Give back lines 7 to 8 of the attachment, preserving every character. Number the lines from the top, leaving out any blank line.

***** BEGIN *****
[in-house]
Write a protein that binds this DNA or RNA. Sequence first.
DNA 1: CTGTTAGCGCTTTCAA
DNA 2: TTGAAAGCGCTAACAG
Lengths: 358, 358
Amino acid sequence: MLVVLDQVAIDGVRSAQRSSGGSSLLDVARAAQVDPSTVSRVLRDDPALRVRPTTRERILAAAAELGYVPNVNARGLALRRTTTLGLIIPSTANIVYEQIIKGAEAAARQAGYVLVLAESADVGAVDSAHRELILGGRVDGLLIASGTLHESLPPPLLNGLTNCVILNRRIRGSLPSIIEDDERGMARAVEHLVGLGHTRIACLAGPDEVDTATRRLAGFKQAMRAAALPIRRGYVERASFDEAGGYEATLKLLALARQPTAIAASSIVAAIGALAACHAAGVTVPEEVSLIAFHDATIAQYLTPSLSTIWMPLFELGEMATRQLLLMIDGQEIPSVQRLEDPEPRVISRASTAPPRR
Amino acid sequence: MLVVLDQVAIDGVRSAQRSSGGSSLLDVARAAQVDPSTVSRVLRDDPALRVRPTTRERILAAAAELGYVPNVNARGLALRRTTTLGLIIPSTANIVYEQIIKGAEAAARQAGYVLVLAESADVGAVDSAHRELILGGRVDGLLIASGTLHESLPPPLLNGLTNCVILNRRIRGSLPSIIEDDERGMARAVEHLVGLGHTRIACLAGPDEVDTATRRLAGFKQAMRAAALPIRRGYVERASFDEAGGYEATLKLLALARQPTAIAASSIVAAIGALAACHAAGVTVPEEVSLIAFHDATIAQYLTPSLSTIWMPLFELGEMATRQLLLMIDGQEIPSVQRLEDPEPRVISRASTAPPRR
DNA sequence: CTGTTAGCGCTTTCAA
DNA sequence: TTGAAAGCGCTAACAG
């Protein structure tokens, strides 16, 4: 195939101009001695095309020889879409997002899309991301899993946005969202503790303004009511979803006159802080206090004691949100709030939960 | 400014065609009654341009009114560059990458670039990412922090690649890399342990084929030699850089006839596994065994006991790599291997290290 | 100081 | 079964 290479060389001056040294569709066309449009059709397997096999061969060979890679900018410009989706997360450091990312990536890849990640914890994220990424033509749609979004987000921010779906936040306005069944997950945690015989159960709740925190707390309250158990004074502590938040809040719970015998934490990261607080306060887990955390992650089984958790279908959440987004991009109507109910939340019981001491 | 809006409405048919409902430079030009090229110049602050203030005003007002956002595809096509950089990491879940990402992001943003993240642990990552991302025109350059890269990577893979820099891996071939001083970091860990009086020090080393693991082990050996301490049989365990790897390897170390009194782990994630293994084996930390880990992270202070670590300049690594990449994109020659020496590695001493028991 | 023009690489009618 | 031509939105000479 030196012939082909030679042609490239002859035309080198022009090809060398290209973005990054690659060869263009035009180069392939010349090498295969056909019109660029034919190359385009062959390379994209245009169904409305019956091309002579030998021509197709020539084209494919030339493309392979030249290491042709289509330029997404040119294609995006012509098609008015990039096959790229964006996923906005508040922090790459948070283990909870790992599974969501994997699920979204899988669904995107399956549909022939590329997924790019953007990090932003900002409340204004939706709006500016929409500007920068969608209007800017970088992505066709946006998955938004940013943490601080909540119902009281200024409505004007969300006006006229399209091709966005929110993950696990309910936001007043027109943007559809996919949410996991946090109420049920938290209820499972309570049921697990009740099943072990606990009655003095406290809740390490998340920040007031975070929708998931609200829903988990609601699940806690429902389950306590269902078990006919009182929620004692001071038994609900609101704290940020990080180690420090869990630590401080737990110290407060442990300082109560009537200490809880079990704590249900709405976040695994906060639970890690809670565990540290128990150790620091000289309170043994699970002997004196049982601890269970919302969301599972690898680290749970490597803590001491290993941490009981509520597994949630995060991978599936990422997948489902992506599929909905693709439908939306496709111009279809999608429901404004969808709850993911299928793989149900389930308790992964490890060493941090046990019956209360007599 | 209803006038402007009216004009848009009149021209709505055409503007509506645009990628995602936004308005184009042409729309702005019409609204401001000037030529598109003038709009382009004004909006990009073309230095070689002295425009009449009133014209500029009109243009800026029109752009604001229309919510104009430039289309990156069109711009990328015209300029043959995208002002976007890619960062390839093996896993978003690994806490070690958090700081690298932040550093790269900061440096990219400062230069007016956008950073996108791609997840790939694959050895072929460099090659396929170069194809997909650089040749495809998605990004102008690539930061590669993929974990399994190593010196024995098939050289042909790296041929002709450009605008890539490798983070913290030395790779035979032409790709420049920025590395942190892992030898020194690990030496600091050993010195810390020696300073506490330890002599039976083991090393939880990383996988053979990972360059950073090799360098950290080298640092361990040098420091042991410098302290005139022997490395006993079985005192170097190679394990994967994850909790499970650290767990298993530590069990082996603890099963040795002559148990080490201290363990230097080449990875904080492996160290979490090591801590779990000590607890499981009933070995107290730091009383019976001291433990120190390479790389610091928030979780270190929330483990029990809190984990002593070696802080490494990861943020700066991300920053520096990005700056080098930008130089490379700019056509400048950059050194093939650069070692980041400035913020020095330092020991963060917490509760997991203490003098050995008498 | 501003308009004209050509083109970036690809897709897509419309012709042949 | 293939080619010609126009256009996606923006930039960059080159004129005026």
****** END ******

Amino acid sequence: MLVVLDQVAIDGVRSAQRSSGGSSLLDVARAAQVDPSTVSRVLRDDPALRVRPTTRERILAAAAELGYVPNVNARGLALRRTTTLGLIIPSTANIVYEQIIKGAEAAARQAGYVLVLAESADVGAVDSAHRELILGGRVDGLLIASGTLHESLPPPLLNGLTNCVILNRRIRGSLPSIIEDDERGMARAVEHLVGLGHTRIACLAGPDEVDTATRRLAGFKQAMRAAALPIRRGYVERASFDEAGGYEATLKLLALARQPTAIAASSIVAAIGALAACHAAGVTVPEEVSLIAFHDATIAQYLTPSLSTIWMPLFELGEMATRQLLLMIDGQEIPSVQRLEDPEPRVISRASTAPPRR
DNA sequence: CTGTTAGCGCTTTCAA